We had the enormous privilege of sitting down with Udo Kier at his home in Palm Springs, California and having a chat about space, the end of the world, and palm trees. Udo is a fan of the Ace and he comes to hang out often, and sends friends to stay with us when they’re in town. He celebrated last Halloween with us by screening Andy Warhol’s Dracula at the hotel (we’re having another Halloween celebration this year with Flashdance, check it out).
Here’s Udo, presented in English and German…
Ace: Hi, Udo. We’re curious about why you love Palm Springs.
Udo: I’m in Palm Springs because I came here in the winter and I fall in love with it in the winter because that is the main time where it’s really beautiful. And that’s also the system of Palm Springs– like, Frank Sinatra and all these people, they had houses here and they came here for the wintertime. In the summer almost nobody was here. I came here for the first time in winter and I loved it because it’s such a climate change from Los Angeles. Just less than two hours drive and you have wonderful – especially around Christmas time, when it’s cold – you have beautiful weather.
That was one of the reasons. And then I was looking here for a place and I found, by incidents, a place which was a former library from Palm Springs, and I liked it. And I like space, I’m a person who likes space, which is very hard to have space in Los Angeles, because the houses are very close to each other, which is understandable in every city like that. Especially because in Los Angeles, there are no high-rise houses so that one-family houses are very close, as close as 15 feet or what… And here in this place I have enough space. Space is something – the most important thing in my life.
We’ve had a couple of friends send in their favorite Kodachrome shots in response to our recent post about ol’ Koda hittin’ the dust. Feel free to send yours in, too. We want to wallow for a while longer…
Hey, I think this is from the last role of Kodachrome ever shot (with my favorite camera). It’s of the Bradbury Building, which was featured in three of my favorite LA films - Chinatown, Double Indemnity, and most notably Bladerunner. Steve
So damn sad about the film being discontinued. I guess all we’re left with now is an iphone app that dreams of reproducing the real thing. I’ve attached a few of my grandparent’s shots that I found while digging through old photos at their house. That’s my grandfathers Dodge driving through a redwood in NorCal in 1955. The other is my great grandmother and her sister sometime in the 51. Since there are no time machines (yet) it’s my goal to make a feature film someday that looks and feels like living in a Kodachrome world. Look forward to staying at one of your fine hotels in the near future. Cheers, Andrew T. Maness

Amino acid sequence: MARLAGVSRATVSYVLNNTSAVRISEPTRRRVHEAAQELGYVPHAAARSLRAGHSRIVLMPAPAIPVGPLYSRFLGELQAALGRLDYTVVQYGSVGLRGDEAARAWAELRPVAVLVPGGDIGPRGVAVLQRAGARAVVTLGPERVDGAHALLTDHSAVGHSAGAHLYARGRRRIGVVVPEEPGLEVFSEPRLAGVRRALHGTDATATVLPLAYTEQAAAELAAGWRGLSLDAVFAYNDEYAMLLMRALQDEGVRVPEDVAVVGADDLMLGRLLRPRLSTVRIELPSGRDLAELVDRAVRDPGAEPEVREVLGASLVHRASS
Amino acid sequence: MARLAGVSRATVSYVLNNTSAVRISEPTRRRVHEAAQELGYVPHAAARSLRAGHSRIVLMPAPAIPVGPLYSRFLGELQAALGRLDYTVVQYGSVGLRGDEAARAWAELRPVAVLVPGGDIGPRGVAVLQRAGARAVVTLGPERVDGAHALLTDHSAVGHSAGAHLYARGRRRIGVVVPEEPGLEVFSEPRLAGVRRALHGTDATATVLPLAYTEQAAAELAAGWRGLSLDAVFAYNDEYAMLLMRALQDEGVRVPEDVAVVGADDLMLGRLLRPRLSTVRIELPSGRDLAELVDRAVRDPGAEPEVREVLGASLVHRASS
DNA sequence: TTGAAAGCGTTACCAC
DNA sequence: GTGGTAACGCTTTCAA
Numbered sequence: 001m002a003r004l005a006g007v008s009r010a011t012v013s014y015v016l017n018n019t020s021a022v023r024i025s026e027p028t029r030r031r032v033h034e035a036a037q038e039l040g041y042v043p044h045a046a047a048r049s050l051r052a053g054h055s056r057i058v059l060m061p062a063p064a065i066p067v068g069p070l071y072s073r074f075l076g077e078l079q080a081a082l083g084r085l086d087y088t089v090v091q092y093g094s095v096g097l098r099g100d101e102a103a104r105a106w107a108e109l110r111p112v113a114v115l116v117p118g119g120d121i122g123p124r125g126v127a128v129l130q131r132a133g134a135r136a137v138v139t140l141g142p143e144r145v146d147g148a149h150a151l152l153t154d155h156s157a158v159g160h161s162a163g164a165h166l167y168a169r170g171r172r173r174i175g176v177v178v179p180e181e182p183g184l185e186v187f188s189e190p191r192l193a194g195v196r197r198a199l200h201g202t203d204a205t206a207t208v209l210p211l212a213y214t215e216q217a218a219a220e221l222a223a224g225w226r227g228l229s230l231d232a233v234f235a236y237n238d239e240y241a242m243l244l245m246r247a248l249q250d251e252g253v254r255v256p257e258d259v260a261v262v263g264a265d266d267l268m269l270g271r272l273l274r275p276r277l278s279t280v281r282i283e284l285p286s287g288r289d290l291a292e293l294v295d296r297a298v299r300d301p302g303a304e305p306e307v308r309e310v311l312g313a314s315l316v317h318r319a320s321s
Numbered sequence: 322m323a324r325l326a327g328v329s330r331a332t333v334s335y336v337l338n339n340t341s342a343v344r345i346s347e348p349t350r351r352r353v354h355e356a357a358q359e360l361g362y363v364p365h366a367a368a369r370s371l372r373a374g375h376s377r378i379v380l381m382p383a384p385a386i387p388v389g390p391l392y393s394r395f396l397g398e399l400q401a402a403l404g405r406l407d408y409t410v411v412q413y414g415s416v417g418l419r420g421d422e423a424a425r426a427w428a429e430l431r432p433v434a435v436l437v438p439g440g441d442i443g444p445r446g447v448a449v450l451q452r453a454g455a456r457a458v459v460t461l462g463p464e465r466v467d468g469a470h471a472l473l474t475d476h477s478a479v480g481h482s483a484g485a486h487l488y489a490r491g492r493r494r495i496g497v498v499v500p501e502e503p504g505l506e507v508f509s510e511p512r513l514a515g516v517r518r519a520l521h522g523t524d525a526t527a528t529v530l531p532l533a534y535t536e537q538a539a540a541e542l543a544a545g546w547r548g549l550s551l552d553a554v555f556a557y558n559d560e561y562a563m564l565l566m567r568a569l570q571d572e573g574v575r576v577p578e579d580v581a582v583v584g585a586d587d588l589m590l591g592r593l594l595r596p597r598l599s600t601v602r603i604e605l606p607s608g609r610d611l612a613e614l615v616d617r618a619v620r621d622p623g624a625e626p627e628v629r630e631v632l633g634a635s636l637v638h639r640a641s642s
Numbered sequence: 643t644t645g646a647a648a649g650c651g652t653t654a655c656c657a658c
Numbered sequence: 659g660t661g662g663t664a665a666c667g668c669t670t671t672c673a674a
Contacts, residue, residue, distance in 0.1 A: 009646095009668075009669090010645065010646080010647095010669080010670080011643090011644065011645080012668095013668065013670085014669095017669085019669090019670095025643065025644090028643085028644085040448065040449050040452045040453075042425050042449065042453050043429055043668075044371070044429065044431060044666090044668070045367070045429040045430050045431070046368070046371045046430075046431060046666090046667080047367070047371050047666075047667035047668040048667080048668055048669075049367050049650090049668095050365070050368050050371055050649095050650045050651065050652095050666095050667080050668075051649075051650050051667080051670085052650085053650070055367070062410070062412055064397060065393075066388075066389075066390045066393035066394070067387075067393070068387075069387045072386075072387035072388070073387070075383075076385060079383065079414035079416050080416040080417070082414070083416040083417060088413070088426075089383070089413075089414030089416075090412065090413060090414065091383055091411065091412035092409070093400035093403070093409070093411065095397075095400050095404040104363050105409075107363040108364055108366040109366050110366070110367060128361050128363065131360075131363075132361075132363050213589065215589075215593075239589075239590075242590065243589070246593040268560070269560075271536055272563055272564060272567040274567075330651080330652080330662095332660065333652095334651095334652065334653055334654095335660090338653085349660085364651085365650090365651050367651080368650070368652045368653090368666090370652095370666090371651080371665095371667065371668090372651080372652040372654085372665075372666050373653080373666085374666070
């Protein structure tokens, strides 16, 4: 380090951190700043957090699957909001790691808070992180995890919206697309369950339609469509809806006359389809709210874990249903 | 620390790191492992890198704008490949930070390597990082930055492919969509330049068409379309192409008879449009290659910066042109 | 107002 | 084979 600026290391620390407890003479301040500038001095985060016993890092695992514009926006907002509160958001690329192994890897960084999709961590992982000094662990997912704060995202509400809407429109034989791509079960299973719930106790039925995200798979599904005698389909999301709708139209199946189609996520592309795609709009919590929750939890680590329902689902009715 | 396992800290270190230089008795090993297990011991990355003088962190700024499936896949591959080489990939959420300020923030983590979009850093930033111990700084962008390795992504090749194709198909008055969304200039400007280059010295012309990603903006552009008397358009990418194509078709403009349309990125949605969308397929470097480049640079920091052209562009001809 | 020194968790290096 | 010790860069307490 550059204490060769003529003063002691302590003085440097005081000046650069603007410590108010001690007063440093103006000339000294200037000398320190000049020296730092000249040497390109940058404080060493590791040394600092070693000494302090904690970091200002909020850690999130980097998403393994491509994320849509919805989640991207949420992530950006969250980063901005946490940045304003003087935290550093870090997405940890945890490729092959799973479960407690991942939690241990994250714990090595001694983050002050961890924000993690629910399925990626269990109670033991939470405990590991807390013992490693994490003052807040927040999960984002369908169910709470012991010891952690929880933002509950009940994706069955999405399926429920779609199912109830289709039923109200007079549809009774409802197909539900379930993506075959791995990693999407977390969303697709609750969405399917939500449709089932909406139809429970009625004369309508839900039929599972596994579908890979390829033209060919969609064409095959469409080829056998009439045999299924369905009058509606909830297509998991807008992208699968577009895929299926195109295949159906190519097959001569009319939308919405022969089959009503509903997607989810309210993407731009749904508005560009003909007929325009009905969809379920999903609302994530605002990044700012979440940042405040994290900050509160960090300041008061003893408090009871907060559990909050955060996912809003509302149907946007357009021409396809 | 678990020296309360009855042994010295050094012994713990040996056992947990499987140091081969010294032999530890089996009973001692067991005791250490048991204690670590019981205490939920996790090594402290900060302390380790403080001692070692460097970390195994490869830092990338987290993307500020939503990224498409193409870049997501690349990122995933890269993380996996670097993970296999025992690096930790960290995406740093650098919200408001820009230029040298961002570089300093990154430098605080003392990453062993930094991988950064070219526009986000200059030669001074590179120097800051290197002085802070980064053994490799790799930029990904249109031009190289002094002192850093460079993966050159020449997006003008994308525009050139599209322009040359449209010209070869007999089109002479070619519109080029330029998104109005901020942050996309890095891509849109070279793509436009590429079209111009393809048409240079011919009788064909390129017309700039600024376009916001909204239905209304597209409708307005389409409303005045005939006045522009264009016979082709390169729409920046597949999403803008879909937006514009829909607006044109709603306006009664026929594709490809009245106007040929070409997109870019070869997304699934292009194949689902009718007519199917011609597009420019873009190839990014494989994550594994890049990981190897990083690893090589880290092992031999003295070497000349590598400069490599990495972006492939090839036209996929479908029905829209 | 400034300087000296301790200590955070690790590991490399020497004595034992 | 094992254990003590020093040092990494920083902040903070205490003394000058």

Smile Now Cry Later played recently at the weekly live music show, Lucha Libre, at Ace Hotel Palm Springs. Here’s some pictures from her blog of the show and her late night workout in the Ace gym. We’re a huge fan of these tights.
Cult filmmaker Chris Cunningham has spent the last decade studying music, making audio visual remixes, and making films people like to obsess about. On September 26, our friends at MoMA PopRally will produce the premiere of Chris’ latest project, “New York is Killing Me,” displayed as it was intended to be — on three simultaneous screens in the museum lobby. The event includes cocktails in the sculpture garden and a conversation between Chris, Richard Russell and MoMA curator Barbara London. Go check it out, it’s going to be epic.
Image: Still from Gil Scott-Heron’s New York is Killing Me. 2010. Directed by Chris Cunningham. Text and event information from MoMA PopRally.
Bizarre, snotty, killer garage 45 (the flip, Frustration, is amazing as well) by this Canadian band has always been a fave and a staple in my DJ set…Throbbimg wild garage track but the vocals are what always gets me. The beyond-Jagger enunciation always cracks me up & makes me very happy as it veers into the bizarro zone, my fave! Here’s a quote from Canuckistan Music about Little White Lies:
Vancouver’s Painted Ship first hit the water as the Wee Beasties when budding poet/vocalist William “The Captain” Hay teamed up with guitarist Rob Rowden out at the University of British Columbia in the summer of 1965. With Rob’s brother Barry Rowden on drums and bassist Ken Wain rounding out the crew, the newly christened Painted Ship took their virile garage/punk to the clubs, making regular splashes at the seminal Retinal Circus on Davie Street. By late ‘66 the band had delivered the stellar ‘Frustration’ to the execs over at London Records, but the suits were still unconvinced, insisting on something with more commercial potential. The result, the hard-hitting Little White Lies, with its hefty organ and strident sneer, would scale the regional charts into the summer of ‘67.